A cluster of galaxies is nothing trivial. The shocks, the turbulence, the energy, as all of that matter and energy merges and interacts. And we can watch all the chaos and mayhem as it happens.
A team of astronomers are looking at the galaxy cluster Abell 2255 with the European Low-Frequency Array (LOFAR) radio telescope, and their images are showing some never-before-seen details in this actively merging cluster.
Continue reading “Complete and Total Mayhem in a Distant Galaxy Collision”
A black hole as a source of energy?
We know black holes as powerful singularities, regions in space time where gravity is so overwhelming that nothing—not even light itself—can escape.
About 50 years ago, British physicist Roger Penrose proposed that black holes could be a source of energy. Now, researchers at the University of Glasgow in Scotland have demonstrated that it may be possible.
Continue reading “How an Advanced Civilization Could Exploit a Black Hole for Nearly Limitless Energy”
Most of the universe is made of one of two kinds of mysterious substances, called dark matter and dark energy. From all the evidence, these two cosmic components only interact with “normal” matter through the gravitational force. And a recent nuclear experiment reveals no presence of any dark contamination in the bonds between atomic nuclei to a level twenty times better than previously recorded.
Continue reading “There’s no evidence that dark matter interacts with any other force but gravity”
Dark matter is notoriously difficult to detect. So difficult that we haven’t detected it yet. Evidence for dark matter can be seen in everything from the warping of light near galaxies to the way galaxies cluster together. We are pretty sure dark matter is real, but we also know it can’t be made of any type of particle we currently know. But a new study has found some interesting data that could be evidence of dark matter, or not.
Continue reading “Japanese Dark Matter Detector is Seeing a “Surprising Excess of Events””
Using NASA’s MESSENGER spacecraft’s close encounters with Venus and Mercury, researchers were able to measure the lifetime of neutrons, an important prediction of the Standard Model of particle physics.
Continue reading “Spacecraft was able to measure how long neutrons last before they decay”
Believe it or not, time travel is possible.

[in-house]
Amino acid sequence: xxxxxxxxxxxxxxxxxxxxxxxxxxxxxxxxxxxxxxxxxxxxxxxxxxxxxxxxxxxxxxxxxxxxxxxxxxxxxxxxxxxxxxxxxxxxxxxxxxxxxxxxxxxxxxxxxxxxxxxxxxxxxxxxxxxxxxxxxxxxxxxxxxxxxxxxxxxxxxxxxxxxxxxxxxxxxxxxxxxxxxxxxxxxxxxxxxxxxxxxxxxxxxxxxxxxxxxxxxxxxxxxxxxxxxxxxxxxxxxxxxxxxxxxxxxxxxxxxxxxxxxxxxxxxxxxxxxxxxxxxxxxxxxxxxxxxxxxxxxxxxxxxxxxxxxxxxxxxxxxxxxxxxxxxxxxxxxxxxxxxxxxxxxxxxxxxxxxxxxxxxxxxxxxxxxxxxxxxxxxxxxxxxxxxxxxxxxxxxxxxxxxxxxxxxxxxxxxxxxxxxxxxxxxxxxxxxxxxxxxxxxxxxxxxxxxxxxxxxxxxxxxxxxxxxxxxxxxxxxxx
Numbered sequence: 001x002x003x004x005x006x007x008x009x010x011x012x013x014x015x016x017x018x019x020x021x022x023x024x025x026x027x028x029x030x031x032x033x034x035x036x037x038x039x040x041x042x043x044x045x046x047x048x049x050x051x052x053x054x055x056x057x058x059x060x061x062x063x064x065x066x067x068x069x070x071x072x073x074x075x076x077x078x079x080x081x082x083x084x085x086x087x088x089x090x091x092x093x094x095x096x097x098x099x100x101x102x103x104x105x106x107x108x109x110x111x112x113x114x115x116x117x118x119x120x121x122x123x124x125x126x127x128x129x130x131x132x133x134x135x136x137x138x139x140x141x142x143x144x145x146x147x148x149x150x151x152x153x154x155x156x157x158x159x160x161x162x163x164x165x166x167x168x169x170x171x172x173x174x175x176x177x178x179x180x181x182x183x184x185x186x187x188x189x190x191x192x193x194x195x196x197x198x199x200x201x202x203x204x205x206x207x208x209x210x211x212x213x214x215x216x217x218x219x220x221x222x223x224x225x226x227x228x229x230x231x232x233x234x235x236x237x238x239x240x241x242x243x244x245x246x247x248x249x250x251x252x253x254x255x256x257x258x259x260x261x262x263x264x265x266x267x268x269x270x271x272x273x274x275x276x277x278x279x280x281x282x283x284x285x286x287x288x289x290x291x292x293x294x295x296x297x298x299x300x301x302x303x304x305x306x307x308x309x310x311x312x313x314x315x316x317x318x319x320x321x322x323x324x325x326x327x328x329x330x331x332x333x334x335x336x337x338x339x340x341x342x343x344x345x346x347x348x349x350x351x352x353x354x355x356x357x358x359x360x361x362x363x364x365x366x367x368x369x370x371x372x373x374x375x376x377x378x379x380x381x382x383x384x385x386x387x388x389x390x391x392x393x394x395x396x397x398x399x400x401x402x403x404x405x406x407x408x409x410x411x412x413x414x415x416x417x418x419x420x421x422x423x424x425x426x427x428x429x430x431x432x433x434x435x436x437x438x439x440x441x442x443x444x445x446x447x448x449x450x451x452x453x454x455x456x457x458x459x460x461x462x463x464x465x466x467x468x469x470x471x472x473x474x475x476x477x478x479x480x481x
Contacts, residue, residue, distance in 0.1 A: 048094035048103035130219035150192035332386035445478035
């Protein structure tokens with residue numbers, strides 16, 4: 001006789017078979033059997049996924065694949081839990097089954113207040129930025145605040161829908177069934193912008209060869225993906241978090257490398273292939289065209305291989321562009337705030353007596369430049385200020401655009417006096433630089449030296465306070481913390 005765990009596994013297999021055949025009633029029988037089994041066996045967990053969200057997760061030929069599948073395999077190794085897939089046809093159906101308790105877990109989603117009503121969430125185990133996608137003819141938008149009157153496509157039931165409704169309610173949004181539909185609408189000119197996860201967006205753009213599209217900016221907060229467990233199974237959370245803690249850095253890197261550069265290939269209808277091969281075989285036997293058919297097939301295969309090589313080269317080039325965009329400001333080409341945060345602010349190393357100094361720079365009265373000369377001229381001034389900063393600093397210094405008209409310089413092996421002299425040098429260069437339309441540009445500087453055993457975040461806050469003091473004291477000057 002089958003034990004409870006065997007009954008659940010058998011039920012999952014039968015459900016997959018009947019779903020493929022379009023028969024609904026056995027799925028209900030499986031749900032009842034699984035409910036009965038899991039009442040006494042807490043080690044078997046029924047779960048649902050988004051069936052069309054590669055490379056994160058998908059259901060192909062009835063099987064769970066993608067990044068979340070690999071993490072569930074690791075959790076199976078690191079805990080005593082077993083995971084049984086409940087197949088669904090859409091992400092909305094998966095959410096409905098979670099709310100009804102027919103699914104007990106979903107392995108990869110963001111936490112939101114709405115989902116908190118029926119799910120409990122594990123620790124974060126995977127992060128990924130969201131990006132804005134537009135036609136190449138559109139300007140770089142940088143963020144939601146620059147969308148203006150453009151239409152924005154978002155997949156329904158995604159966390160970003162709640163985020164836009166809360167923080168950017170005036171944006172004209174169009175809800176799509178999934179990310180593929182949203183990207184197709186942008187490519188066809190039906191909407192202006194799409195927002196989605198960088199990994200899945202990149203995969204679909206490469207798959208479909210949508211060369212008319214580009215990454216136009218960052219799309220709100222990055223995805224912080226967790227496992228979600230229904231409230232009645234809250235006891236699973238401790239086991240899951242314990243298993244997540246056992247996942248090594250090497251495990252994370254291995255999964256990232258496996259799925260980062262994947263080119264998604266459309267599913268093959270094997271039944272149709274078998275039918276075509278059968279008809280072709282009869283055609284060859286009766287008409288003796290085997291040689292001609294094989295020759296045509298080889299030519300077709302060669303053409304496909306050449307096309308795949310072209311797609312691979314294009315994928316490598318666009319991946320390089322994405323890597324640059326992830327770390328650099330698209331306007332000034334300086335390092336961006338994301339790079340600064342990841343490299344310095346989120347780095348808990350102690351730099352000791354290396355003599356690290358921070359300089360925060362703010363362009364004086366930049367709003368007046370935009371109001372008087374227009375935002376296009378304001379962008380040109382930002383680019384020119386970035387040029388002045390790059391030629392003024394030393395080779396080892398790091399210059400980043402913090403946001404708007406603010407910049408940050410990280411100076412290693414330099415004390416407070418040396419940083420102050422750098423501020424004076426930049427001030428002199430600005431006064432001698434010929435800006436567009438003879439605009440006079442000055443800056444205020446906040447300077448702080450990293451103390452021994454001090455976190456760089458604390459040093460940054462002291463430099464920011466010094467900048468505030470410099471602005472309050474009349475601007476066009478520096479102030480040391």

In fact, you’re doing it right now. Every single second of every single day you are advancing into your own future. You are literally moving through time, the same way you would move through space. It may seem pedantic, but it’s a very important point. Movement through time is still movement, and you are reaching your own future (whether you like it or not).
Continue reading “Time Travel Into The Future Is Totally Possible”
Time travel into the past is a tricky thing. We know of no single law of physics that absolutely forbids it, and yet we can’t find a way to do it, and if we could do it, the possibility opens up all sorts of uncomfortable paradoxes (like what would happen if you killed your own grandfather).
But there could be a way to do it. We just need to find a wormhole first.
Continue reading “Can wormholes act like time machines?”
Gravity was the first force of nature to be realized, and in the centuries since we first cracked the code of that all-pervasive pulling power, scientists have continually come up with clever ways to test our understanding. And it’s no surprise why: the discovery of a new wrinkle in the gravitational force could open up vistas of new physics, and maybe even the nature of reality itself.
Continue reading “Gravity is tested down to a scale smaller than the thickness of a human hair”
Our universe is driven by cause and effect. What happens now leads directly to what happens later. Because of this, many things in the universe are predictable. We can predict when a solar eclipse will occur, or how to launch a rocket that will take a spacecraft to Mars. This also works in reverse. By looking at events now, we can work backward to understand what happened before. We can, for example, look at the motion of galaxies today and know that the cosmos was once in the hot dense state we call the big bang.
Continue reading “The three-body problem shows us why we can’t accurately calculate the past”
Say hello to Space Foam.
The ESA has a science lab on the International Space Station called Columbus. Inside that lab is the Fluid Science Laboratory, dedicated to studying the behaviour of fluids in microgravity. Currently, that lab is being used to study a substance most of us probably don’t spend much time thinking about: foam.
Continue reading “This is Foam, Made in Space”